Finishing It Off
There’s one last step before adding fish to your wonderful new pond. We encourage you to do any decorating now. If you’re going to add rocks or plants within the pond, it’s best to do it before the fish are trying to get accustomed to their new home.
Even if you just want to finish the decorations around the edge, it’s a good idea to do them at this stage. As you plant or move rocks near the pool, dirt will likely fall into the water. That can change water chemistry and also disturb the animals, so it’s better to do it ahead of time.
Choosing and Adding Fish
Finally, it’s time to add the fish! Remember that the fish you buy will probably continue to grow, so you have to take that into account when deciding how many fish you can have. Some aquarists will give a general rule of thumb, but it’s best to talk to your pet store about the exact conditions of your pond. The amount of sun your pond gets, the level of filtration you provide, and other factors can all affect how many fish can live healthily in your pond.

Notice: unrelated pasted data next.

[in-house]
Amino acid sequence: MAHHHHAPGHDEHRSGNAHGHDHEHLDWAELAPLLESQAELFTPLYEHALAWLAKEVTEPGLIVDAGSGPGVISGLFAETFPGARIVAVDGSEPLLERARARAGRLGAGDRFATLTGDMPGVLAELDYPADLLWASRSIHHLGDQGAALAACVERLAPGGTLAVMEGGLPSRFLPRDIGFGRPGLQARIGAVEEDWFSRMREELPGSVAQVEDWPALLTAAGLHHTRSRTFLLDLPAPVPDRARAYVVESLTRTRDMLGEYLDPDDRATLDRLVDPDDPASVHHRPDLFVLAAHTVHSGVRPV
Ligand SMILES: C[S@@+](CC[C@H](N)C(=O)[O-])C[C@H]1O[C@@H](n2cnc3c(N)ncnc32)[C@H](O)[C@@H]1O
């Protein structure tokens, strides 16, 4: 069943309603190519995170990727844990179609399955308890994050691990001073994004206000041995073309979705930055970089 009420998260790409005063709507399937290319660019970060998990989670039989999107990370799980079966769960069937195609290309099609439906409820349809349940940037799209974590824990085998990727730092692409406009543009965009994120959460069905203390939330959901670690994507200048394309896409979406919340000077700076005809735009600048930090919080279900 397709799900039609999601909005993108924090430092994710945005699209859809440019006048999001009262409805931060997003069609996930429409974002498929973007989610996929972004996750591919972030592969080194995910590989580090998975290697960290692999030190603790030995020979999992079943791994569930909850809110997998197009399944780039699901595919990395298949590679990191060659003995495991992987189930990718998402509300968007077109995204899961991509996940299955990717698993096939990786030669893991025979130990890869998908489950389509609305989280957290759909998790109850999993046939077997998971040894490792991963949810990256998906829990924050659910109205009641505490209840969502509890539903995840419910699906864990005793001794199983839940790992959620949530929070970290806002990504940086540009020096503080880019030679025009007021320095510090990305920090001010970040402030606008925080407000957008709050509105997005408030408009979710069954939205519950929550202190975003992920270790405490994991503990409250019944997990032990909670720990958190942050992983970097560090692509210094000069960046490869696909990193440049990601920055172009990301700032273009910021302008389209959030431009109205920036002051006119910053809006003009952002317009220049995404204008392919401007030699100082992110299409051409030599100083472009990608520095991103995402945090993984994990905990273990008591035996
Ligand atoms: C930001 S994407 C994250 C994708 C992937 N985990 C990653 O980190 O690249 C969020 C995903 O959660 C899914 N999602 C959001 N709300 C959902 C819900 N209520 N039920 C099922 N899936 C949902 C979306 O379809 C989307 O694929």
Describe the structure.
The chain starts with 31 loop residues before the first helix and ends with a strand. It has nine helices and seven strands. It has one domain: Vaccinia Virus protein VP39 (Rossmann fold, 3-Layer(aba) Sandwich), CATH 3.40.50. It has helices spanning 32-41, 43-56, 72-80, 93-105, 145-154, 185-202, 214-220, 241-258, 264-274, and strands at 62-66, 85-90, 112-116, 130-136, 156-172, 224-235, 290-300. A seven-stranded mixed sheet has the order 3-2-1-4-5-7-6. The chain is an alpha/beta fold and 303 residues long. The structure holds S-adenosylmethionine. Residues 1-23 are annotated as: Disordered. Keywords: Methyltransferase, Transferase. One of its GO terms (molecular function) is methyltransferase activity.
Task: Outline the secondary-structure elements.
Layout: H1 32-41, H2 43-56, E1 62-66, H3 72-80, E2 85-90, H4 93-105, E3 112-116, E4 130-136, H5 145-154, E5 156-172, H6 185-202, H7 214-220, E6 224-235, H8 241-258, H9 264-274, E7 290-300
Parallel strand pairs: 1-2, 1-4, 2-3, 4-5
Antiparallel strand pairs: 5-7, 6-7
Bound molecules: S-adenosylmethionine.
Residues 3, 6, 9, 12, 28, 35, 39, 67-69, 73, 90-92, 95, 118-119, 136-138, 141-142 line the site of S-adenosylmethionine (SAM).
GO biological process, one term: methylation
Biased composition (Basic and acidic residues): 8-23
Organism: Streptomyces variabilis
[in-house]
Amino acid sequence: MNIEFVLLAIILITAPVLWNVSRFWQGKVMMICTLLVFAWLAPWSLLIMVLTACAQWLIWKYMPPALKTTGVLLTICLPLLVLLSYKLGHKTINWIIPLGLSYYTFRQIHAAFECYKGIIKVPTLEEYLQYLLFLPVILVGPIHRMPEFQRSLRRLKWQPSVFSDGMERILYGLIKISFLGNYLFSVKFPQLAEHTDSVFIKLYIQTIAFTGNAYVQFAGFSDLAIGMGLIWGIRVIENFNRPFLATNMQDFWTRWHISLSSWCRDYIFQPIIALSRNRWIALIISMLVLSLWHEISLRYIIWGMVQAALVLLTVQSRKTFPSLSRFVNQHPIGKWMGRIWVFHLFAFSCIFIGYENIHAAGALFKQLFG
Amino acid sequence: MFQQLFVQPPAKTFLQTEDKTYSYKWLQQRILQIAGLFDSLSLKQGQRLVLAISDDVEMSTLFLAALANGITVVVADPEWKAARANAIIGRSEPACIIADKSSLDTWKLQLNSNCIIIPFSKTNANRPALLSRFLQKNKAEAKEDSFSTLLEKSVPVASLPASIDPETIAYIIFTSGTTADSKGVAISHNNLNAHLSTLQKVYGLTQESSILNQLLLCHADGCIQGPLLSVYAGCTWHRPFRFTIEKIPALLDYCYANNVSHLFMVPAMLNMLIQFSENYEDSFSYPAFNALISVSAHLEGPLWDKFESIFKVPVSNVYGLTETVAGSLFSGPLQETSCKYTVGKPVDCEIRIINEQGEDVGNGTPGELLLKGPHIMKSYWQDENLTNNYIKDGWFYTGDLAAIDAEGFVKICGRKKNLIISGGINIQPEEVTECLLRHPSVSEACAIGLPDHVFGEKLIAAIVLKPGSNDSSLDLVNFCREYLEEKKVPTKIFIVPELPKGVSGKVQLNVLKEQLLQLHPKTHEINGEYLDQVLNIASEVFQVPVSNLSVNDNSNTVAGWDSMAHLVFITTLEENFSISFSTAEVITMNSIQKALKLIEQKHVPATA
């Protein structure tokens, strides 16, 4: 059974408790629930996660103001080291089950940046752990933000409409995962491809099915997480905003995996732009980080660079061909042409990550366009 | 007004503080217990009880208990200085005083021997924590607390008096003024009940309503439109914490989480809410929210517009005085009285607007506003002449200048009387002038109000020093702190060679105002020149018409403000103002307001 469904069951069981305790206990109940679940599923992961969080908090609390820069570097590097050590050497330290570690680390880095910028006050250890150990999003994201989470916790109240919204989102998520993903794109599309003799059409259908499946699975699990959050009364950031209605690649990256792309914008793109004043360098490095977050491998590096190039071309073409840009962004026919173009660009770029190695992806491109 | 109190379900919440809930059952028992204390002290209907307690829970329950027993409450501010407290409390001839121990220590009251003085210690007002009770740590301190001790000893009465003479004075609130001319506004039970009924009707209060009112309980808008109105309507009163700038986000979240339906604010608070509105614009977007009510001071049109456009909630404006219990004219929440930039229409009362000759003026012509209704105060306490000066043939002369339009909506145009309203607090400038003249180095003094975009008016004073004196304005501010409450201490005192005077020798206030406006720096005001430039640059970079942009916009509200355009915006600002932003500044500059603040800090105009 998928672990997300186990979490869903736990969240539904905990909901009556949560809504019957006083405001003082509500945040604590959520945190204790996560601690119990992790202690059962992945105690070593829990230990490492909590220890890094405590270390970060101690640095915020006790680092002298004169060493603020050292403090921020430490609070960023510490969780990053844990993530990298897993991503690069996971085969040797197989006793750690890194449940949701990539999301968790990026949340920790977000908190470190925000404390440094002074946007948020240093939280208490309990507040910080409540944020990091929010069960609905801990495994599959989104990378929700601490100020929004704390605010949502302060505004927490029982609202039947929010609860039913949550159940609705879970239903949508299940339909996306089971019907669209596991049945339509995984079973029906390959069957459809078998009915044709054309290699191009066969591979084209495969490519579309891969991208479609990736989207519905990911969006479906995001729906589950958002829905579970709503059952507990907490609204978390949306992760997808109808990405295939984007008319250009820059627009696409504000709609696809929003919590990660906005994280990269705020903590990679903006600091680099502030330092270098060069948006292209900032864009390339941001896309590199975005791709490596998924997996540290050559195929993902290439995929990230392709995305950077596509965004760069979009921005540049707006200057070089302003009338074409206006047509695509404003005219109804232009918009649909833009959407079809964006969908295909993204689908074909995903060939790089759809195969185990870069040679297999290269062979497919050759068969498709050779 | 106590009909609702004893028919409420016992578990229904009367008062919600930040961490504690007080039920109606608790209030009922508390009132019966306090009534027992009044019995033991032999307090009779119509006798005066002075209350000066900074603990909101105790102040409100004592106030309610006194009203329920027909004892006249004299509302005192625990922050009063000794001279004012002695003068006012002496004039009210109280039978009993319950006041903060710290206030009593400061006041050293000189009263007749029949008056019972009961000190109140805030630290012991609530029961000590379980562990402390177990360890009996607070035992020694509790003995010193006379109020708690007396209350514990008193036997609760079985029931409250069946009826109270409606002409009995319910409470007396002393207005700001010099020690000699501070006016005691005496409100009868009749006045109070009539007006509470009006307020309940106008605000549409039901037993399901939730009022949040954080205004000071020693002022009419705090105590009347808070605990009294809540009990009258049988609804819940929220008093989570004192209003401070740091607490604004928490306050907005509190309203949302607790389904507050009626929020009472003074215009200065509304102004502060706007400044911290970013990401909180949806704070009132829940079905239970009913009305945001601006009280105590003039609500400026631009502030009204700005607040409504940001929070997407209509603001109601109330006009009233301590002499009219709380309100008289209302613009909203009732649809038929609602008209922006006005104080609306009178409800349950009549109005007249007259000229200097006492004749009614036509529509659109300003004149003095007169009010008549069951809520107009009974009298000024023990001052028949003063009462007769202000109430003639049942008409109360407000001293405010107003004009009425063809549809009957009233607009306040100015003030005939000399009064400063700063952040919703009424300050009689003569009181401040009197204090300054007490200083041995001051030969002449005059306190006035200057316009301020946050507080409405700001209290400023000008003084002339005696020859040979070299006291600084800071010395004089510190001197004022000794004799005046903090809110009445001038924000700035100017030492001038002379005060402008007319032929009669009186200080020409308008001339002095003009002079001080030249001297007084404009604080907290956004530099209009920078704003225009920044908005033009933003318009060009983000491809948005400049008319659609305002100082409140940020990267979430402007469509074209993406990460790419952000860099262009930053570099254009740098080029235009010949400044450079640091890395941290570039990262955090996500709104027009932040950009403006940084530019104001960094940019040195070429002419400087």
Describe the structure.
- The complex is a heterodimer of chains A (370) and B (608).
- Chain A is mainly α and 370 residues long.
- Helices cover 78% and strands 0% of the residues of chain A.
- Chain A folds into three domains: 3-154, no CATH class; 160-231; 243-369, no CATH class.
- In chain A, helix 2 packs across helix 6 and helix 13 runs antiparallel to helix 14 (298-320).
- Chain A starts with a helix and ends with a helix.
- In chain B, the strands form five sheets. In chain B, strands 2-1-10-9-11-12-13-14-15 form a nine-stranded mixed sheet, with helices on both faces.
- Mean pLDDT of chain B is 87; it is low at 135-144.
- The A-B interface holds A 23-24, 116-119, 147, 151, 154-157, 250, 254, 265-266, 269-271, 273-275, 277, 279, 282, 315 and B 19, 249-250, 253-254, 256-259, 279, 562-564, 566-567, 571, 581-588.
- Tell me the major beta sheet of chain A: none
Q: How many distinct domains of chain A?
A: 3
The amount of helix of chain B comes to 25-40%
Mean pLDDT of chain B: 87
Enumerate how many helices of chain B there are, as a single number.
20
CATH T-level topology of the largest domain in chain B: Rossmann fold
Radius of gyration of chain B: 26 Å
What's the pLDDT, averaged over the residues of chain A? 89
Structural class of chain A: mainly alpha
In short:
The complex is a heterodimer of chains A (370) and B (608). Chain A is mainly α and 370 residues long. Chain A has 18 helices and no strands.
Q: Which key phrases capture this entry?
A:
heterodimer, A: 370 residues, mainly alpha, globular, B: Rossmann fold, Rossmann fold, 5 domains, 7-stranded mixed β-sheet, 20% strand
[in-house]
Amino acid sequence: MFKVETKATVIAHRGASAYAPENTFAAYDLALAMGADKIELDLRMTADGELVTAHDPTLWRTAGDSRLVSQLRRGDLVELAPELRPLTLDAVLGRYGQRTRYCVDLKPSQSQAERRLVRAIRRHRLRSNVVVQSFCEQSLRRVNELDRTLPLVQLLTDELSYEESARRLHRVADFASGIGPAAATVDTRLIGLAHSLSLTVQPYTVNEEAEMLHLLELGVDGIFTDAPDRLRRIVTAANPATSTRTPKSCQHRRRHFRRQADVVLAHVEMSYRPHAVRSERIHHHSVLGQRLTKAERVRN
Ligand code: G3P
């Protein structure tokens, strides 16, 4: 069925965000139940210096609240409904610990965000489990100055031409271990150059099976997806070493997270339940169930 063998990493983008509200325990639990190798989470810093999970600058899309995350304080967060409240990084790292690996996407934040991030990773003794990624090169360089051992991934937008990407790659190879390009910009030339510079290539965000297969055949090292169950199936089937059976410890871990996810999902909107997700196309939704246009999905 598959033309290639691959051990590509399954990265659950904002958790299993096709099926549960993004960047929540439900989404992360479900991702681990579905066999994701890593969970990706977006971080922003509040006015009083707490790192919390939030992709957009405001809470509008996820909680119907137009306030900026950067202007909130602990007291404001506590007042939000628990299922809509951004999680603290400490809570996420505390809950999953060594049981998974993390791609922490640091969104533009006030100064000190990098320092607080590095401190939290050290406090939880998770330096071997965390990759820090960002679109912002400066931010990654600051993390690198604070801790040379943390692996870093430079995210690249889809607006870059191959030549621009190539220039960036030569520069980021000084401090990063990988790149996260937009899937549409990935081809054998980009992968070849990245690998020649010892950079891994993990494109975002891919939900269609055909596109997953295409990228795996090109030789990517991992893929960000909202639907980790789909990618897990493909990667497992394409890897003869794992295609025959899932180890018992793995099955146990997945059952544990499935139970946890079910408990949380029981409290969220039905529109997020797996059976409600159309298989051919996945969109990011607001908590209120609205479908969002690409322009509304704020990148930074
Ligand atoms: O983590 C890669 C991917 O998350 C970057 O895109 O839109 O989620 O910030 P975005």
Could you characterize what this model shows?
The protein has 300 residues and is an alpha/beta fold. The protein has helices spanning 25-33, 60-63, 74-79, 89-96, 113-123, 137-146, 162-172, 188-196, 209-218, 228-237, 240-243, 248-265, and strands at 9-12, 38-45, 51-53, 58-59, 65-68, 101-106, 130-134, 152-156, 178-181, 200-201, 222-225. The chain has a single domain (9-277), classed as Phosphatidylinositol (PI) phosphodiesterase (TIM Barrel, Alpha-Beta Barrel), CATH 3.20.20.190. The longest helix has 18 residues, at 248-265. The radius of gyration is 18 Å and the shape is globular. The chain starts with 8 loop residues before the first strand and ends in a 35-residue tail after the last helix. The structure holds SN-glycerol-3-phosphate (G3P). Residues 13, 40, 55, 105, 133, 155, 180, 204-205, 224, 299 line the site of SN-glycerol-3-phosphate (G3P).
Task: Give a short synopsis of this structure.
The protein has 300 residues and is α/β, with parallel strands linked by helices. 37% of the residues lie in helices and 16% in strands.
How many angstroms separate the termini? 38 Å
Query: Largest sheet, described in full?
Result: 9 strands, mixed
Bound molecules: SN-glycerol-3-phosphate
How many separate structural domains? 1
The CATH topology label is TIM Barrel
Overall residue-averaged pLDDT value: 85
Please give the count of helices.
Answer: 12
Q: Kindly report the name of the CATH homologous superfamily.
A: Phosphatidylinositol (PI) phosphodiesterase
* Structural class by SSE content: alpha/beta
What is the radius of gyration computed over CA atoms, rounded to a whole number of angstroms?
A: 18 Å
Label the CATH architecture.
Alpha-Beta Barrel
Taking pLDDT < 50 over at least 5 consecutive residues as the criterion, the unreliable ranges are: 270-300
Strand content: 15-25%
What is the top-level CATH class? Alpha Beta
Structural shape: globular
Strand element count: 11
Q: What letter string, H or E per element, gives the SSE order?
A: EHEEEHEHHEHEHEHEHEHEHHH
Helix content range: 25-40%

When you bring the fish home, don’t dump them directly into the pond. Instead, allow the bag to float in the water for about 30 minutes. If it’s a sunny day, cover the bags with a towel. The water and fish inside will heat up quickly otherwise, the same way a car heats up.
This allows the temperature to slowly equalize between the two. Then open the bag and add pond water to it, making a mix of about 50% aquarium water and 50% pond water. Let it sit another half an hour. After that, carefully allow the fish to slide out of the bag into the pond.
A koi pond makes a fantastic addition to your yard, no matter where you live. Even though it does take a lot of digging to set it up, you’ll love the result. These beautiful fish can live for decades and will add a great point of interest that’s relaxing and great-looking.